May the Lord Answer Your Prayers

In Numbers 6:22-27, among the multitude of instruction that God gave Moses and the people of Israel, a famous blessing of the Jewish people appears:

 

24The Lord bless you

And keep you

25the Lord make His face shine upon you

and be gracious to you

26the Lord lift up His countenance upon you

and give you peace

 

These blessings expressed the hope of all who would put their trust in the Lord. In a world that competed for the hearts and affections of the Israelites, those who remained faithful looked to the Lord for their prosperity and peace.

The New Testament is no stranger to a greeting expressing the hope that the favor of God would fall upon them. Paul, for example, began his writings with such expressions, “3Grace to you and peace from God our Father and the Lord Jesus Christ” (1 Cor. 1:3, cf. Rom. 1:7, 2 Cor. 1:2, et al). A heart full of God’s grace and peace is a heart full of the Lord.

We should not be surprised to discover that the hope of God’s favor appears in other places, too, like in Psalm 20. The expressions abound in this psalm, with one important focal point of hope. The blessings of Psalm 20 look like this:

 

1May the LORD answer you in the day of trouble;

May the name of the God of Jacob defend you;

2May He send you help from the sanctuary,

And strengthen you out of Zion;

3May He remember all your offerings,

And accept your burnt sacrifice.

4May He grant you according to your heart’s desire,

And fulfill all your purpose.

5… May the LORD fulfill all your petitions.

9… May the King answer us when we call.

 

At the heart of the blessing is the hope that the Lord would answer prayers:

 

1May the LORD answer you…

4May He grant you according to your heart’s desire…

5… May the LORD fulfill all your petitions.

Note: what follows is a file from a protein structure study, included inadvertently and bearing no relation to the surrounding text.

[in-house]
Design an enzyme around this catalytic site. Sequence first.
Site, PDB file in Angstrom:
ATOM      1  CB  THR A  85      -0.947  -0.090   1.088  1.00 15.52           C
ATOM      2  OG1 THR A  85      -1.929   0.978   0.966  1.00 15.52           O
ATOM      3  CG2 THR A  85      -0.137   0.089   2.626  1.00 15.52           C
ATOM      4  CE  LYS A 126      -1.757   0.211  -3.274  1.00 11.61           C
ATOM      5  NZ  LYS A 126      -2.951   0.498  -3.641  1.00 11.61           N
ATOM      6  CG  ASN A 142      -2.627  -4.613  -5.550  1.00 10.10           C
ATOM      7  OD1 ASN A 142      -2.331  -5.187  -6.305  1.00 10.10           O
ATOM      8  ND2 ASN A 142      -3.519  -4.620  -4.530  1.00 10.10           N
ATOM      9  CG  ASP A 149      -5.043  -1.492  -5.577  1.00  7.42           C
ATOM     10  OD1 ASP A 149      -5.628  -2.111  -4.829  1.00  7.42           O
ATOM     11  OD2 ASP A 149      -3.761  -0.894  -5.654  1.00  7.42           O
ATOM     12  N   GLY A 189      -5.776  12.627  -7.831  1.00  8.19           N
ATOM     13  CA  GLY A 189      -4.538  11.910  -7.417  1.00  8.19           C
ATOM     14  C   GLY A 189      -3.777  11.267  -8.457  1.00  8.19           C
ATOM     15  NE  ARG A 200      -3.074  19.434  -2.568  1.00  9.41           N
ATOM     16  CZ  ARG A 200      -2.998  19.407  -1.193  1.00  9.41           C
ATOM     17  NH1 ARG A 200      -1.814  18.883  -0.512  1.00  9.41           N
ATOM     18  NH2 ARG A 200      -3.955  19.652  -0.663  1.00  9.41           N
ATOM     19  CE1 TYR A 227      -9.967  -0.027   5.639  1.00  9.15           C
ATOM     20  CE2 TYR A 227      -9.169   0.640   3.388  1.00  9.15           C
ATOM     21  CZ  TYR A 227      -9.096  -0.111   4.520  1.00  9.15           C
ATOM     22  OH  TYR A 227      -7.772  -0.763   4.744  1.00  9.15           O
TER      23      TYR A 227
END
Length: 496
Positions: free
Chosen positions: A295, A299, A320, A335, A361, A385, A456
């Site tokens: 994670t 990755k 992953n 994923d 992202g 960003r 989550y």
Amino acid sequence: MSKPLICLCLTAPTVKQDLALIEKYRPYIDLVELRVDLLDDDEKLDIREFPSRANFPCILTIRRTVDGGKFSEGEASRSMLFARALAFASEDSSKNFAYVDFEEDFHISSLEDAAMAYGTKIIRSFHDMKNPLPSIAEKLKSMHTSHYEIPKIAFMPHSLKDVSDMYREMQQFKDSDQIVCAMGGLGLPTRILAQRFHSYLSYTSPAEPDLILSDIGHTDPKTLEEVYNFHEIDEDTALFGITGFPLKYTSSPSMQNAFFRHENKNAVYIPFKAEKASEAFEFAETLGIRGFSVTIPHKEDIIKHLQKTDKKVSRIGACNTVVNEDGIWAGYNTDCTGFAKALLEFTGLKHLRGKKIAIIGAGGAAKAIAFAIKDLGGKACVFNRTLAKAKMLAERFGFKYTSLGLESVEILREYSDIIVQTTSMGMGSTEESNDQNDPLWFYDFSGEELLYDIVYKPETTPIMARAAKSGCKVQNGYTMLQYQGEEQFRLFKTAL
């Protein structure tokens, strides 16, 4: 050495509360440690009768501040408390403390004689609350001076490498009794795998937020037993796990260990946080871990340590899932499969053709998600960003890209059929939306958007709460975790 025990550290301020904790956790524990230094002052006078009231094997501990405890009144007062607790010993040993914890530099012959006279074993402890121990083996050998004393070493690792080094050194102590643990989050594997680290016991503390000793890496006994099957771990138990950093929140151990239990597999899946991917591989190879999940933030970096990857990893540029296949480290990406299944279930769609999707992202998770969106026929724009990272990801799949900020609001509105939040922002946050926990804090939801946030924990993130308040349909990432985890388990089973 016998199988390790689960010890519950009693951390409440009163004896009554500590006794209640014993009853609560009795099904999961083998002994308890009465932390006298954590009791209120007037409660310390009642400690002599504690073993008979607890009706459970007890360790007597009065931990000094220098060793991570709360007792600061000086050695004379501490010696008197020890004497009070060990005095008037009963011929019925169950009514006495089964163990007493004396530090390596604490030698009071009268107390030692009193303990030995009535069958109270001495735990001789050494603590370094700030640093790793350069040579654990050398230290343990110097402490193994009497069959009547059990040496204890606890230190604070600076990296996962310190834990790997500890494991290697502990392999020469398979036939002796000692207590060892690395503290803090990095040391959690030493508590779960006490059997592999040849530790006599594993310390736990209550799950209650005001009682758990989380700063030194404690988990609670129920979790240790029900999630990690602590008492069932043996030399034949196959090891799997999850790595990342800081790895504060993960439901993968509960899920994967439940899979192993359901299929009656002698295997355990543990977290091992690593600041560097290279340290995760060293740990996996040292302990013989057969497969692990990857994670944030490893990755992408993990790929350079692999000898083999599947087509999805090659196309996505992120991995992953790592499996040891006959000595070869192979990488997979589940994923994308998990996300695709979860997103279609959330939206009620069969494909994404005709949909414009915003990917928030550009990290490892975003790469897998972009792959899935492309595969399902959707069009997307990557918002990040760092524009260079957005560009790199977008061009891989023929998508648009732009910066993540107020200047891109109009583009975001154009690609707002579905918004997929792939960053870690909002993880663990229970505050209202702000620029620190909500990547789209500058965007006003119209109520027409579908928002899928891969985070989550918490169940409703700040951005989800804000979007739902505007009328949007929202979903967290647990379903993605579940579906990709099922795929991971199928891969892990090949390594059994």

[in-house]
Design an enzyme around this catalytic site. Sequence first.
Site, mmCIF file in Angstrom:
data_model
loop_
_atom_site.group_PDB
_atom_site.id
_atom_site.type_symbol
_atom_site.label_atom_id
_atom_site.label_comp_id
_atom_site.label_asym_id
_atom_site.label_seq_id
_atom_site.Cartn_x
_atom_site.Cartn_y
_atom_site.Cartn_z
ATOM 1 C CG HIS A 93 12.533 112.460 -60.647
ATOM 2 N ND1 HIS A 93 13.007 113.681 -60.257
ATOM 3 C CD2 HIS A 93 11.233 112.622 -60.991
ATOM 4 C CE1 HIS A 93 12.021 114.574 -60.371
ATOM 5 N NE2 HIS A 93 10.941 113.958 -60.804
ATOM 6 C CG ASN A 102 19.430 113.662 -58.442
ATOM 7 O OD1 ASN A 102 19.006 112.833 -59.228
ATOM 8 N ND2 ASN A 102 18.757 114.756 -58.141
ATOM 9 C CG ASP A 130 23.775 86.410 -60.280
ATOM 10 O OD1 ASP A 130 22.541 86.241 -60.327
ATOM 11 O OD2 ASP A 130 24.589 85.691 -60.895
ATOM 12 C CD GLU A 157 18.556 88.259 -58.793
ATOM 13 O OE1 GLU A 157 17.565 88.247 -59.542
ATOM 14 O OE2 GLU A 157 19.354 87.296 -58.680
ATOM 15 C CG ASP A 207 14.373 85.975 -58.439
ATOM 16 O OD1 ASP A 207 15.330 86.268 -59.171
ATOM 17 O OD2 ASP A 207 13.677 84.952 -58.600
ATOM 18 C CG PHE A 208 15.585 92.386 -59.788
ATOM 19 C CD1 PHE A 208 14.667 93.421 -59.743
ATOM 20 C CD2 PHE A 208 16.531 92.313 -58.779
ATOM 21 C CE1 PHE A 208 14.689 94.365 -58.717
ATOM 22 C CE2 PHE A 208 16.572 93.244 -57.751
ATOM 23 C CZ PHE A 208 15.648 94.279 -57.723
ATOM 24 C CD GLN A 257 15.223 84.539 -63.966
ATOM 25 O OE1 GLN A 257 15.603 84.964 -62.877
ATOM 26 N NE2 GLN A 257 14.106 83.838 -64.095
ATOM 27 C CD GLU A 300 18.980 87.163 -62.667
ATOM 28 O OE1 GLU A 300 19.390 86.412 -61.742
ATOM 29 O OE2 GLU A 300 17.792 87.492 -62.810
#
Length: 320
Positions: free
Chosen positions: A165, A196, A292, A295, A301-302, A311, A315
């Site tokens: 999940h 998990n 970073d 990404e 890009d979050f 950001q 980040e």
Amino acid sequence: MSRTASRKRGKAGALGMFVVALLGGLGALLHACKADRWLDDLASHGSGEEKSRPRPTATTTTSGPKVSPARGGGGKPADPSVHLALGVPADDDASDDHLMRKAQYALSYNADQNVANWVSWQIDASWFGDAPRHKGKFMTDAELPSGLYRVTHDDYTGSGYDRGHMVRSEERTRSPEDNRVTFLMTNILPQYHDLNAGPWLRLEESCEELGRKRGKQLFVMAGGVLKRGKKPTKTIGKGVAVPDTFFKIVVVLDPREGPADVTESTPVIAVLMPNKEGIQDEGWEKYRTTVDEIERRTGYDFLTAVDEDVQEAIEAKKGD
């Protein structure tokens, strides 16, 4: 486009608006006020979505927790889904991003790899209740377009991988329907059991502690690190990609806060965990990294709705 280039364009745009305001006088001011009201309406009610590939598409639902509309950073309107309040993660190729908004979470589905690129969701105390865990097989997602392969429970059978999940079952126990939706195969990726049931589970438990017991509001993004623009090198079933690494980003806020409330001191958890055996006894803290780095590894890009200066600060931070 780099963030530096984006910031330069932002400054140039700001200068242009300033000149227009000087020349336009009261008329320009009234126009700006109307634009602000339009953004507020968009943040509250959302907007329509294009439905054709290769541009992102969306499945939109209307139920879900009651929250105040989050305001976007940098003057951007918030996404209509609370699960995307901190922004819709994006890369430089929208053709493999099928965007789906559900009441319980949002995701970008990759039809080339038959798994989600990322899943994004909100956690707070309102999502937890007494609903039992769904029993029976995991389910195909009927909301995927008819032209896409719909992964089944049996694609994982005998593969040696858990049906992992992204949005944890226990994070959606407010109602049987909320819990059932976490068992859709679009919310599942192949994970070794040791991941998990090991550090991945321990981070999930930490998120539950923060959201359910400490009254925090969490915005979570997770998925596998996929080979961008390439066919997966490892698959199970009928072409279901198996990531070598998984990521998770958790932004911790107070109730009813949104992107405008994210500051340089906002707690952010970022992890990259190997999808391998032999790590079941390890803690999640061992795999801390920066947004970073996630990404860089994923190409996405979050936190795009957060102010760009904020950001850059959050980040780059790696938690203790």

6… He will answer him…

9… May the King answer us when we call.

 

David wrote a good portion of the psalms. If anything characterizes David, it is that He always went to the Lord. He trusted in the Lord explicitly, and amid every trial, and the pursuit of his enemies, and the onslaught of the wicked, David ran to God, making his petitions for deliverance to Him.

Prayer is the natural communication between the believer and God. It is expected that we pray always (1 Thes. 5:17). With prayer comes the hope and expectation that the Lord will answer our prayers. It is fitting, then, that Christians share that hope of answered prayer with one another, just as we find in Psalm 20, “May the Lord answer you!”

When others share their burdens with us, we should tell them we will pray for them, and “May the Lord answer all our prayers.” When someone tells us they are praying for us, we should express the hope, “May the Lord answer all your prayers.” When we seek to do the Lord’s work and have needs in order to bring it about, and as the church prays together for those needs, “May the Lord answer all our prayers.”

The deliverance and provision we need to live this life for God revolve around God’s favor, His grace, to us. At the heart of God’s grace is our relationship with Him and our communication with Him. Prayer is a pivotal part of the life of the believer. So, let us pray, and may the Lord answer all our prayers.

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